An Irish travel agency has stopped selling trips to Mauritius … out of solidarity with the McAreavey and Harte families.
Caroline Davies, who owns Liberty Travel in Letterkenny, Co. Donegal, said she was disgusted after details emerged during the trial of how authorities treated Mr McAreavey in the aftermath of his wife’s death.
“They locked him in a room and told him he would find another wife. I thought that was appalling,” said Ms Davies.
“So I took the decision not to sell Mauritius as a mark of solidarity to the family.”
The travel shop owner said Mauritius has divided opinion among holidaymakers.
“I’ve had some people come in since the murder saying ‘I hope you’re not selling Mauritius’, but then others have told me what happened wouldn’t put them off going,” she said.
Ms Davies added that she would not sell a holiday if it is not somewhere she would be willing to travel to herself.
Earlier shocked Foreign Affairs Minister and Tanaiste Eamon Gilmore said that the Government is to lodge a strong protest with the Mauritius government over the publication of photos of murdered Michaela McAreavey.
The Government also wants to know what the Mauritius authorities are doing to investigate the murder.
He said he was shocked by the publication and it could not be considered acceptable in any circumstances.
Mr Gilmore said he had spoken with John McAreavey and believed he was satisfied with the Government’s response.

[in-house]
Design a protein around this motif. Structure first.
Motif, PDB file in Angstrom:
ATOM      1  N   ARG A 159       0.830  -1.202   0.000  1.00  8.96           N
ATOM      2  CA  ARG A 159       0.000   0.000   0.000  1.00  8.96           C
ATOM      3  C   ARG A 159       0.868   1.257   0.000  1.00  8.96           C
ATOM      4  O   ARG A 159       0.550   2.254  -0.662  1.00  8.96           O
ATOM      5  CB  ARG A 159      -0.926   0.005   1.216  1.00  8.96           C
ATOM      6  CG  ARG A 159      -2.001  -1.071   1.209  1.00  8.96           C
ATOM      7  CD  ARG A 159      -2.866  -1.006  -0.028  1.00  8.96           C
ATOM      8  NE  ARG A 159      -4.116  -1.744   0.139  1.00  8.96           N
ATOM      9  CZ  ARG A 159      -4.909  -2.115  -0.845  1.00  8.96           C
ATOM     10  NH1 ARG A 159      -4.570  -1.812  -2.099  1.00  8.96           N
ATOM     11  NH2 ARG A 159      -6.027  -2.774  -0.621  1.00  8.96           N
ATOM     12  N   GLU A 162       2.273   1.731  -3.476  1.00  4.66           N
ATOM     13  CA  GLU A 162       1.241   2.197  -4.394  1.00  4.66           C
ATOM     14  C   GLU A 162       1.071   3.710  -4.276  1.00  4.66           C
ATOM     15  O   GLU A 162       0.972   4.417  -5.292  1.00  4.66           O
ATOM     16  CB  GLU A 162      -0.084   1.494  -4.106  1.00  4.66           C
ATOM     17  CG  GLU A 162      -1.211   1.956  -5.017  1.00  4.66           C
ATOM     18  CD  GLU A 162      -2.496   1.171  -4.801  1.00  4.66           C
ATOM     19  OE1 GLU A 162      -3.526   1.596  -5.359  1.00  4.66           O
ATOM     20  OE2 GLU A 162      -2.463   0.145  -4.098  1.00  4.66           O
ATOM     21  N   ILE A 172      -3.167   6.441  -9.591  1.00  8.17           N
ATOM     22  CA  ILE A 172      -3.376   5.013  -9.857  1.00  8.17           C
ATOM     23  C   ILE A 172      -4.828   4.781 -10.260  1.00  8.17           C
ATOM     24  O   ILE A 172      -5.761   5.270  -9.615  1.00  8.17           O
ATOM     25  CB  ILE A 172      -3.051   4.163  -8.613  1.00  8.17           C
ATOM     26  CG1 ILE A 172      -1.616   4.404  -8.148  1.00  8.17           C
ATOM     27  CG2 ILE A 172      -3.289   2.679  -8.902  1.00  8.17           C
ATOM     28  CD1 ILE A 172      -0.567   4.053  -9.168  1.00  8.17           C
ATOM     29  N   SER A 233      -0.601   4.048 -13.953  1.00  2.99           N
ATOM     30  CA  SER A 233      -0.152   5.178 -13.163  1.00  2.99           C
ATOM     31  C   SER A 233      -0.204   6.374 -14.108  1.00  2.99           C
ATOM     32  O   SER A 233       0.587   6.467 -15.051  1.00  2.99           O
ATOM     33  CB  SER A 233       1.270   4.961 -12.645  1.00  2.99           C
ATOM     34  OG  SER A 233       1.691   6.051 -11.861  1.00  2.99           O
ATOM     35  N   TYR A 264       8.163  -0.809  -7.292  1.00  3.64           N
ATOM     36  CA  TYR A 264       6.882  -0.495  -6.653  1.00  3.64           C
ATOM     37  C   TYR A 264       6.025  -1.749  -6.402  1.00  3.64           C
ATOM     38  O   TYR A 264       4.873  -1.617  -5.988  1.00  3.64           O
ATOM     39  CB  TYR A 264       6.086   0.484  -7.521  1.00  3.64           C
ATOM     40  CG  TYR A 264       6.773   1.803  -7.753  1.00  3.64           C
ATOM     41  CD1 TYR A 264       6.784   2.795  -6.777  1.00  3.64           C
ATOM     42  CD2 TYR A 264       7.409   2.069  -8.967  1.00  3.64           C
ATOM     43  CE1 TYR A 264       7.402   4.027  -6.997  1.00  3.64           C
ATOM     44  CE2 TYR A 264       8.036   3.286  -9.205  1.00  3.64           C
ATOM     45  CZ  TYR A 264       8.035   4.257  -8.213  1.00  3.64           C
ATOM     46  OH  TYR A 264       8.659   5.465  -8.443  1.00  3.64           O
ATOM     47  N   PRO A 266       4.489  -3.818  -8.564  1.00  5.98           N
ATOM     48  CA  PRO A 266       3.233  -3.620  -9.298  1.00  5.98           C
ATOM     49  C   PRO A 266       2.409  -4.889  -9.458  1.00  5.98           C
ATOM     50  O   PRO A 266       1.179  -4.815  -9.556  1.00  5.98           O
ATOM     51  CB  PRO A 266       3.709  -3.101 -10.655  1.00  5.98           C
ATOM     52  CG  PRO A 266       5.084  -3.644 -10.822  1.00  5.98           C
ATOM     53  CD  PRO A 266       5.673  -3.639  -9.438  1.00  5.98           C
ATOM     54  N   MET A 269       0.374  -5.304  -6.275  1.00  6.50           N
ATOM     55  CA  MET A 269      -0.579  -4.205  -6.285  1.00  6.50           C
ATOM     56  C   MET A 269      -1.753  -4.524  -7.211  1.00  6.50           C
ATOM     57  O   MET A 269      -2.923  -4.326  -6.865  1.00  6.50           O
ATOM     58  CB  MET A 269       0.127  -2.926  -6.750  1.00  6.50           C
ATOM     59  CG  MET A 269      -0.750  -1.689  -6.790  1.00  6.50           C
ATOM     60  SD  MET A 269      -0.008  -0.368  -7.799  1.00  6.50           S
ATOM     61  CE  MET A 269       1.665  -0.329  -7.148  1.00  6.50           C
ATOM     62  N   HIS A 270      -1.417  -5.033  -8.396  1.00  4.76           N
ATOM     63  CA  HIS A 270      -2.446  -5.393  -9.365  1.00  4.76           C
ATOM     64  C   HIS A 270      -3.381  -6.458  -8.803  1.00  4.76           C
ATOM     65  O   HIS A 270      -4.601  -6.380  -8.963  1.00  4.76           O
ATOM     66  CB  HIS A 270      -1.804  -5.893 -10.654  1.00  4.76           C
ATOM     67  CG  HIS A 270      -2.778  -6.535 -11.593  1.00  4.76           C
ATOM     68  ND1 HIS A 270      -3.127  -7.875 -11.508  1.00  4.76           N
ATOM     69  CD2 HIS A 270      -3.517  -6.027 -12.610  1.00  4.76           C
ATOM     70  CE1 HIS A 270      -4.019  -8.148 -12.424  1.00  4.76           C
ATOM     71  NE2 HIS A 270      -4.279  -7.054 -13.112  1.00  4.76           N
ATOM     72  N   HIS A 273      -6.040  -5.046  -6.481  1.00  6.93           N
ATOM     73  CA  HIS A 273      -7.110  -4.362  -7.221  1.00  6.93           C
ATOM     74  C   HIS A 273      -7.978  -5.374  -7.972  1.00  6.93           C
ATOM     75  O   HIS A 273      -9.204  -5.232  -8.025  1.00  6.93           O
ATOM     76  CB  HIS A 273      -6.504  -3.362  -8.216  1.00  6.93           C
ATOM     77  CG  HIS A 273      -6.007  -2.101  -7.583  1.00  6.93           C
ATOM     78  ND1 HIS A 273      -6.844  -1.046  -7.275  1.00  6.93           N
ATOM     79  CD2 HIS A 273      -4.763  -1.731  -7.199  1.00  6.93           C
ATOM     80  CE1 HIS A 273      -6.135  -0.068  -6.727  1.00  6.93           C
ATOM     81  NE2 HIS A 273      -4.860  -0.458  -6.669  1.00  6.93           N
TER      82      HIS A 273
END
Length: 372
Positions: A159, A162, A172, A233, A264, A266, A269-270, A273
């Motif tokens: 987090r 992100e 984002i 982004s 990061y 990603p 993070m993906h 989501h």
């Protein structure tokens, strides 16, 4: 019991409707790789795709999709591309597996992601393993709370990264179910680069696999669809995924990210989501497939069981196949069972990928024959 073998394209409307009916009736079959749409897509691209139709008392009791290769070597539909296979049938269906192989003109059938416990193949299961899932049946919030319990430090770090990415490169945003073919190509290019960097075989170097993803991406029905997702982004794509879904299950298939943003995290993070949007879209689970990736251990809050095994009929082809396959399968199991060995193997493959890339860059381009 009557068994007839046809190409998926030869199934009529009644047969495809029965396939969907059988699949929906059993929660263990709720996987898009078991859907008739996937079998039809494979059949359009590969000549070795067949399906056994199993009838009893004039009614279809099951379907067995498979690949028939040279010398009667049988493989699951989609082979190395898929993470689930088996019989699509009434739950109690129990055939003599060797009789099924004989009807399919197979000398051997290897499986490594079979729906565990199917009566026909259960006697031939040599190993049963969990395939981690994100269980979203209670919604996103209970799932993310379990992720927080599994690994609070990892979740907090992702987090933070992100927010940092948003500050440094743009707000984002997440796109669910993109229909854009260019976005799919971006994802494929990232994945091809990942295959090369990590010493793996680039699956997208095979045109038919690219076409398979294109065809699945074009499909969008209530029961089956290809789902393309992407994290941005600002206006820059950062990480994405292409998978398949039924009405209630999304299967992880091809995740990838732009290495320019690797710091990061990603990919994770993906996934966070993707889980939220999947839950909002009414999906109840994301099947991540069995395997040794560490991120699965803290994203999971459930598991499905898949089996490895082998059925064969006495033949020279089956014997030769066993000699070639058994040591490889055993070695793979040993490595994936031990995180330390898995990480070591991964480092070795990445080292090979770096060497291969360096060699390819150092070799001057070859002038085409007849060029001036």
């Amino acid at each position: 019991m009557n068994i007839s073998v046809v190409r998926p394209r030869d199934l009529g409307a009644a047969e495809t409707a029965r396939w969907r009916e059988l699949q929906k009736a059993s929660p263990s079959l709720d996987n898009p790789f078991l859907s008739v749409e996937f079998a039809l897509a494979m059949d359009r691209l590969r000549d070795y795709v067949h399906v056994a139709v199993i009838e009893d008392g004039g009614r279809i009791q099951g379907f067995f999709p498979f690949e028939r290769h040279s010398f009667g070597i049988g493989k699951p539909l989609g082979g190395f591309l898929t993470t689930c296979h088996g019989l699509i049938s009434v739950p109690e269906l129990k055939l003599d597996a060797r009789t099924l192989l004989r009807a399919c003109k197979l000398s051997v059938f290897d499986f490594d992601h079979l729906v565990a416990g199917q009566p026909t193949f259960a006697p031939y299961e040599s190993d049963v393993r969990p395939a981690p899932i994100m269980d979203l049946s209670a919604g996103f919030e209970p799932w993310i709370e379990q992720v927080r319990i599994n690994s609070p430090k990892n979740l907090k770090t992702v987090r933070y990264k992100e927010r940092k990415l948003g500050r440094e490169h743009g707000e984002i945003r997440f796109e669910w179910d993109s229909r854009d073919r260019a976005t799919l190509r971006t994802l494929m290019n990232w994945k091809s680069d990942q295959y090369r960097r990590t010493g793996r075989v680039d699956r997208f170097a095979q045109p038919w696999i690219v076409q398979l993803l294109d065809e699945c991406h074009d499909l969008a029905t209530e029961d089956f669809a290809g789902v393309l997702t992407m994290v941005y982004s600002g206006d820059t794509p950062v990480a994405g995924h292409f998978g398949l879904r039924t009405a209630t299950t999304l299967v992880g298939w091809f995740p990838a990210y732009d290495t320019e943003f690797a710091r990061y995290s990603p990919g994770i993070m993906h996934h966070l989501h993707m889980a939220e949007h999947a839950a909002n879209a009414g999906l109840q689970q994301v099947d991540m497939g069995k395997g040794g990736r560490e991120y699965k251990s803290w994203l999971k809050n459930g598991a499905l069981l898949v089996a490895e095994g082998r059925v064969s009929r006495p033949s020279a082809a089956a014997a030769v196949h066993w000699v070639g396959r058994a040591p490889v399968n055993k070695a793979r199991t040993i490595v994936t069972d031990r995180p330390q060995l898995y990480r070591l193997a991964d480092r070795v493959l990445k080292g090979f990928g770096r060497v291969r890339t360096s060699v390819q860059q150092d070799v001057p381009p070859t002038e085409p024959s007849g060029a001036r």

The murdered honeymooner’s family reacted with horror yesterday when it emerged that a Sunday paper had published a disturbing picture of her lifeless body across its front page.
Inside there were more pictures, including close-ups of marks on Michaela’s neck.
A spokesman for the McAreavey and Harte families said: “They are in shock as to how far this has gone.” Defence lawyers for the two hotel workers cleared of her murder last week insisted the images had not been leaked by their camp.
But the Mauritian police and the newspaper that published the photos — the Mauritian ‘Sunday Times’ — remained silent on the controversy.
Taoiseach Enda Kenny branded the publication “a gross affront to human dignity”.
The Mauritian ‘Sunday Times’, a paper with no connection to any British or Irish company, used a large picture of Michaela’s body in what they dubbed a front-page “picture exclusive”.
Inside there was a full page of more images, including close-ups of Michaela’s scratched and bruised neck.
The black-and-white crime scene pictures included:
- An almost full-length image of Michaela, her eyes closed, wearing her bikini and a skirt.
- A close-up of the injuries on her neck.
- A photograph of the empty bathtub where she was found.
- A photograph showing the disarray in the McAreaveys’ hotel room.
Bizarrely, while her bikini top is blacked out on the inside pages, there is no effort to disguise her injuries, and the same picture on the front page is not blacked out.
The distressing images are accompanied by a column entitled: ‘Opinion — At large, Michaela I feel sorry for you’.